Inorganic phosphate (Pi) decreases the off-rate of ADP-F-actin at the free barbed end (26). Pi also blocks the binding of F-actin and ADF/cofilin (27), which increases the filament twist (28). We therefore examined the effect of Pi on the processive elongation and twist of mDia1-nucleated ADP-actin. We found that Pi abolished the profilin-enhanced actin depolymerization at the mDia1-bound barbed end. This inhibition occurs in the submillimolar range of Pi, which is two orders of magnitude lower than the dissociation constant of Pi and G-actin (26). Thus, binding of Pi to F-actin inhibits profilin-induced depolymerization (Fig. 4E).

ADP-G-actin (5 μM) elongated mDia1-bound F-actin faster in the presence of 20 mM Pi than in its absence (Fig. 3C). This effect of Pi was more prominent in the presence of profilin than in its absence (Fig. 3C). The decrease in the actin off-rate (Fig. 4D) corresponds well with the increase in the ADP-actin elongation rate by 3 to 20 mM Pi (Fig. 4E). We thus suggest that Pi cancels the inhibitory effect of profilin on ADP-actin elongation (Fig. 3C) by abolishing the enhanced barbed end off-rate. The discrepancy of the effect of 1 mM Pi on depolymerization and assembly (Fig. 4, D, and E) is because slow dissociation of Pi prebound to a fraction of the ADP-F-actin subunits [dissociation constant (Kd) ≈1.5 mM] may limit terminal subunit dissociation during depolymerization (26), but not dissociation of assembling ADP-actin, which is mostly free from Pi. Profilin thus allows processive elongation of the FH1-FH2–bound barbed end regardless of the actin-bound nucleotide, but attenuates ADP-actin elongation by increasing the barbed end off-rate. Our results urge reconsideration of the ATP-specific acceleration mechanism for formin-associated actin elongation.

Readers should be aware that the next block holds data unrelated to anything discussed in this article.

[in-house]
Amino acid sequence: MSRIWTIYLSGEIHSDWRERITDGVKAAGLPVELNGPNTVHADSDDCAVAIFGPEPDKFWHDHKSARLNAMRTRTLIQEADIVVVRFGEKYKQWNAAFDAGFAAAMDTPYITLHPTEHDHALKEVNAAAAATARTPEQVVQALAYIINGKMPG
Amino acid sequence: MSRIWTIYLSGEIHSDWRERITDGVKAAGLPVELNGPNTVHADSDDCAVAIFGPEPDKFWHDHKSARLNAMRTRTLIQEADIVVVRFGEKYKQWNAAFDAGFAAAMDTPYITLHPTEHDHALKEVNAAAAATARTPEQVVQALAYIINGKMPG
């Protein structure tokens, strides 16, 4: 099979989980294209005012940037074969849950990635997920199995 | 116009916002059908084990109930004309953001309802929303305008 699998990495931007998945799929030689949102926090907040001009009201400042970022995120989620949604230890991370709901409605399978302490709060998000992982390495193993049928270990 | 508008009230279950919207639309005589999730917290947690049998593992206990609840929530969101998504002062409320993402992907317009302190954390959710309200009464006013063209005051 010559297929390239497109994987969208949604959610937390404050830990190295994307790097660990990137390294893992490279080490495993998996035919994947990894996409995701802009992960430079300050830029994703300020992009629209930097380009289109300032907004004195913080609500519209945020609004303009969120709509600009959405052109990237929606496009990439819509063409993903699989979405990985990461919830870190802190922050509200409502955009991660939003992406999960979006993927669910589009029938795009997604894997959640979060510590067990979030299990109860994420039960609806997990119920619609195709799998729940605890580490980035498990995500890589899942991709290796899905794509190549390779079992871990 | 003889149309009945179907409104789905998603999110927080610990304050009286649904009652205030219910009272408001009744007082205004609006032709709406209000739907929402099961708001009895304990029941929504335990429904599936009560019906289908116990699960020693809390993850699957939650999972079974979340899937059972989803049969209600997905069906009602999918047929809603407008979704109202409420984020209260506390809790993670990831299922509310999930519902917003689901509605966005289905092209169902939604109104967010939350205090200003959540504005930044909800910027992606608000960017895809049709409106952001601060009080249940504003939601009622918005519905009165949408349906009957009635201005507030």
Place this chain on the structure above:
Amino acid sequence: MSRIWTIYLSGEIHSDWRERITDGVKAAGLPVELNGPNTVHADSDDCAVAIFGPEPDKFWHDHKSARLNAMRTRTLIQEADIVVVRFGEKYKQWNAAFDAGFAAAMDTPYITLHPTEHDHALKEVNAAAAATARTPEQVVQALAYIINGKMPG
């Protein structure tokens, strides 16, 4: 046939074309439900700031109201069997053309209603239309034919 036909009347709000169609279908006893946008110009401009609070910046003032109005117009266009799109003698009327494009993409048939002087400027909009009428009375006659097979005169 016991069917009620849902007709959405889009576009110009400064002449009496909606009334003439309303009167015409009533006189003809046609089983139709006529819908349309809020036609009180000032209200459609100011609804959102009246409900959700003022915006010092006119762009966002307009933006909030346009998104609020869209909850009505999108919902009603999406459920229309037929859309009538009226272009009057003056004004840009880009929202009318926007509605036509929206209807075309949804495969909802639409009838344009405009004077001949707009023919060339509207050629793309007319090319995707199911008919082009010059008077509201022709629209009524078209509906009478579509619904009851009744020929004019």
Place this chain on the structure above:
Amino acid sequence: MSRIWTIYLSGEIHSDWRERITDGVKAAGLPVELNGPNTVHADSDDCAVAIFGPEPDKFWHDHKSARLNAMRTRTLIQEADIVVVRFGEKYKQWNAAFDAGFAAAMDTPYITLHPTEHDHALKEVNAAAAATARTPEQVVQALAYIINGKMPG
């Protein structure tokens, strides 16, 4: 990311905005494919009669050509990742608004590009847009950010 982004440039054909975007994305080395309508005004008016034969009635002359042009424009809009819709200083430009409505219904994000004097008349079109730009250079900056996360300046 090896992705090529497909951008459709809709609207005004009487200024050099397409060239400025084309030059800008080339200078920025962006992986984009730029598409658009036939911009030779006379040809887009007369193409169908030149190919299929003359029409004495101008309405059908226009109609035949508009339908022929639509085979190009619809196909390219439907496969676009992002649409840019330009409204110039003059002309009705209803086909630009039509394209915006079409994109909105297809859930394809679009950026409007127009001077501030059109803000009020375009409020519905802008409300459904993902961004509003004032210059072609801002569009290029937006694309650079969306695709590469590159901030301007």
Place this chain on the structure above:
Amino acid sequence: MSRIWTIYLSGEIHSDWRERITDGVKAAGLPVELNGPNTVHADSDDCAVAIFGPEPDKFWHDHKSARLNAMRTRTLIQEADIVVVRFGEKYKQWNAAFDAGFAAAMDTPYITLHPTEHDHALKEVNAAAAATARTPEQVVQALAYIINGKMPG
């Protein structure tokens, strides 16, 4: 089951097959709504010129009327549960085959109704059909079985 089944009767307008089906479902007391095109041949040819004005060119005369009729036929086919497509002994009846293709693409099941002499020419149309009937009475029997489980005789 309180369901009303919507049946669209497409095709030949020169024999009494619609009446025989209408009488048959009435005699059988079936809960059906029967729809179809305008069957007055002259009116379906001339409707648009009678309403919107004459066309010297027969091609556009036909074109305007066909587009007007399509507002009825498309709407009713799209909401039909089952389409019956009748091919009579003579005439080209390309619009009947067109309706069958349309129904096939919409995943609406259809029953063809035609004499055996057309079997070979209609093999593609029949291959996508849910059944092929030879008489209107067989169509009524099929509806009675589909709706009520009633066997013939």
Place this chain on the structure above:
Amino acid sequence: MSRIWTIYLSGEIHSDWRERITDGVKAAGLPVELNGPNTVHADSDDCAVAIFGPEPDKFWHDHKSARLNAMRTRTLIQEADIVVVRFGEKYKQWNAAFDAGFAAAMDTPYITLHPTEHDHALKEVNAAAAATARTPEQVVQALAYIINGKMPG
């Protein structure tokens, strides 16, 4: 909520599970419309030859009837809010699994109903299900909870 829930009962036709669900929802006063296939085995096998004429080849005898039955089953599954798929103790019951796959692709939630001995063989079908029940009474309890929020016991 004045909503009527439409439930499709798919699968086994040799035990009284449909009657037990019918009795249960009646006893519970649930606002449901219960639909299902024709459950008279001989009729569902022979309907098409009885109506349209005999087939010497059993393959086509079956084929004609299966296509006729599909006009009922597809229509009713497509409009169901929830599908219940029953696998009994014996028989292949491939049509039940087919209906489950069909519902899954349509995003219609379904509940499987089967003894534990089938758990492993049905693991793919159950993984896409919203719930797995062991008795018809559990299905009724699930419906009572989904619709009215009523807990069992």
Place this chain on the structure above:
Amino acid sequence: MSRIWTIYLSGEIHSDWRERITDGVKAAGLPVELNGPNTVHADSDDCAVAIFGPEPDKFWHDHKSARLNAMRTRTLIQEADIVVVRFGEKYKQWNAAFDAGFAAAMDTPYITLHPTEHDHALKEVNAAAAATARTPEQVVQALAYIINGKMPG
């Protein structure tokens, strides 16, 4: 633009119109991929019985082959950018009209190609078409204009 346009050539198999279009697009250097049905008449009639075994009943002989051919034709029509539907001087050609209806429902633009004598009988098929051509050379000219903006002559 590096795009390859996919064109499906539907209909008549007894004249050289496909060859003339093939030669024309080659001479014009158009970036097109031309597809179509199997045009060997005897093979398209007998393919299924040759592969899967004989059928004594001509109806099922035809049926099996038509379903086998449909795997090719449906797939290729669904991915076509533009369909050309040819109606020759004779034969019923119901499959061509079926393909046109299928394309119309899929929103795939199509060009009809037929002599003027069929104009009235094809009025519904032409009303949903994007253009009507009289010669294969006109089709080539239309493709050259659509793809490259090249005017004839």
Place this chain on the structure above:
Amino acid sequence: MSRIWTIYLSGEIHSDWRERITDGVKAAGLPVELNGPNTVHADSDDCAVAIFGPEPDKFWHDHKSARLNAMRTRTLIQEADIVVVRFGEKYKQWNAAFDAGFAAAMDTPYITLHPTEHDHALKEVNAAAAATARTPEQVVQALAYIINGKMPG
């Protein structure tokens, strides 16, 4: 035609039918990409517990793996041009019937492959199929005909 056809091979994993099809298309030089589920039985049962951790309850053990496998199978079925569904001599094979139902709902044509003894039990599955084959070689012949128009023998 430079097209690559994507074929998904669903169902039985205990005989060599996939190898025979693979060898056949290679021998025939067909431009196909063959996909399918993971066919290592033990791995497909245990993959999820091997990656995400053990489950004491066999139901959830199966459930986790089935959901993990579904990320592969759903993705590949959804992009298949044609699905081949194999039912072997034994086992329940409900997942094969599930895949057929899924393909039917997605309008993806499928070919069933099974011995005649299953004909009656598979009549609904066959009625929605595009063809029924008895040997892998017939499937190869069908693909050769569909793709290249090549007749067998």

Helical rotation of mDia1 was observed during processive ADP-actin elongation in the presence of Pi (Fig. 4F and movie S7). The distance per half-rotation was 35.8 nm (Fig. 4G).

Our data demonstrate continuous rotation of mDia1-bound filaments during both elongation and depolymerization. The distance per half-rotation of F-actin is in the range of 34.6 to 36.8 nm regardless of the actin-bound nucleotide and presence of Pi and profilin (Figs. 2 to 4). These findings indicate that helical rotation of FH2 is an intrinsic property derived from the helical structure of F-actin. Cellular actin filaments are highly cross-linked as evidenced by single-molecule observations showing movement of actin subunits with no change in their relative positions (29). Therefore, formins must rotate in the cell. The rotation speed of for3p at the cell tip and processively moving mDia1 can reach 250 and 1700 rpm, respectively. If anchoring the growing end of F-actin is the function of formins, the link between formins and cellular structures must be flexible. Alternatively, formin-mediated actin elongation may be regulated by torsional stress in F-actin.

Conversely, formins might modulate the stability of F-actin by helical rotation. Torsional stress induces destabilization of the filament (30). Cofilin, the major actin depolymerizing factor, twists the strand of F-actin, which is thought to contribute to actin disassembly (28). Our data have opened up the possibility that actin elongation and remodeling could be regulated by axial torsion in the filament. Our findings should help elucidate the actin turnover mechanism regulated by formins in the cell.

Supporting Online Material

Materials and Methods

Figs. S1 to S4


Movies S1 to S9

References and Notes

  1. Materials and methods are available as supporting material on Science Online.
  2. We thank H. Honda for rabbit muscle acetone powder and T. M. Watanabe for customizing the G-track software. This work was supported by Grants-in-Aid from the Ministry of Education, Culture, Sports, Science and Technology of Japan (MEXT) and grants from the Uehara Memorial Foundation (N.W.) and the Human Frontier Science Program (N.W.).